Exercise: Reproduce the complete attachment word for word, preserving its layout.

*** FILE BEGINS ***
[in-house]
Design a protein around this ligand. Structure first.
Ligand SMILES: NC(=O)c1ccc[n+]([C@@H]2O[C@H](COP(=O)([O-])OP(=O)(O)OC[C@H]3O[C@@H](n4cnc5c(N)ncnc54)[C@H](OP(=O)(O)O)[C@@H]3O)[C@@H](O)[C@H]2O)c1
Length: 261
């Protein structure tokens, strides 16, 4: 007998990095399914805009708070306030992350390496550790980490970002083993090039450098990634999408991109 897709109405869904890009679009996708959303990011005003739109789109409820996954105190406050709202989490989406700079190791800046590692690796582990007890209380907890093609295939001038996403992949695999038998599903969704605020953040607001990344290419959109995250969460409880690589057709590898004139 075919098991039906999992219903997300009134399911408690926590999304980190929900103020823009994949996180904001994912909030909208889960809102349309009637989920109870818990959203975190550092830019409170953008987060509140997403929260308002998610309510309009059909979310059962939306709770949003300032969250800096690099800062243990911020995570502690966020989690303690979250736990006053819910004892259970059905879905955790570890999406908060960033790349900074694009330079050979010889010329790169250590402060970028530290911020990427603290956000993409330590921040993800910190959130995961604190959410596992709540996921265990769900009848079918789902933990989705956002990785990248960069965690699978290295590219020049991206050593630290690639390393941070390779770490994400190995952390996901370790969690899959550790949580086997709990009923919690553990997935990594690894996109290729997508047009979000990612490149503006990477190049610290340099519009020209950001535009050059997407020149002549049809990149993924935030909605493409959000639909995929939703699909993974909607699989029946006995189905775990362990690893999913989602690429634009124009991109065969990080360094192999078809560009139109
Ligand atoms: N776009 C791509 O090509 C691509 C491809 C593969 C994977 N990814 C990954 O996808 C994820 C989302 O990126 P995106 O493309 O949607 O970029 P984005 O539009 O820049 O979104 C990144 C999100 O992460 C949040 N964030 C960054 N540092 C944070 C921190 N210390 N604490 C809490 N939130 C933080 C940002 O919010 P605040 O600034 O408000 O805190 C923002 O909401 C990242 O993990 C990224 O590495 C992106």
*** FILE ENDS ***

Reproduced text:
[in-house]
Design a protein around this ligand. Structure first.
Ligand SMILES: NC(=O)c1ccc[n+]([C@@H]2O[C@H](COP(=O)([O-])OP(=O)(O)OC[C@H]3O[C@@H](n4cnc5c(N)ncnc54)[C@H](OP(=O)(O)O)[C@@H]3O)[C@@H](O)[C@H]2O)c1
Length: 261
């Protein structure tokens, strides 16, 4: 007998990095399914805009708070306030992350390496550790980490970002083993090039450098990634999408991109 897709109405869904890009679009996708959303990011005003739109789109409820996954105190406050709202989490989406700079190791800046590692690796582990007890209380907890093609295939001038996403992949695999038998599903969704605020953040607001990344290419959109995250969460409880690589057709590898004139 075919098991039906999992219903997300009134399911408690926590999304980190929900103020823009994949996180904001994912909030909208889960809102349309009637989920109870818990959203975190550092830019409170953008987060509140997403929260308002998610309510309009059909979310059962939306709770949003300032969250800096690099800062243990911020995570502690966020989690303690979250736990006053819910004892259970059905879905955790570890999406908060960033790349900074694009330079050979010889010329790169250590402060970028530290911020990427603290956000993409330590921040993800910190959130995961604190959410596992709540996921265990769900009848079918789902933990989705956002990785990248960069965690699978290295590219020049991206050593630290690639390393941070390779770490994400190995952390996901370790969690899959550790949580086997709990009923919690553990997935990594690894996109290729997508047009979000990612490149503006990477190049610290340099519009020209950001535009050059997407020149002549049809990149993924935030909605493409959000639909995929939703699909993974909607699989029946006995189905775990362990690893999913989602690429634009124009991109065969990080360094192999078809560009139109
Ligand atoms: N776009 C791509 O090509 C691509 C491809 C593969 C994977 N990814 C990954 O996808 C994820 C989302 O990126 P995106 O493309 O949607 O970029 P984005 O539009 O820049 O979104 C990144 C999100 O992460 C949040 N964030 C960054 N540092 C944070 C921190 N210390 N604490 C809490 N939130 C933080 C940002 O919010 P605040 O600034 O408000 O805190 C923002 O909401 C990242 O993990 C990224 O590495 C992106």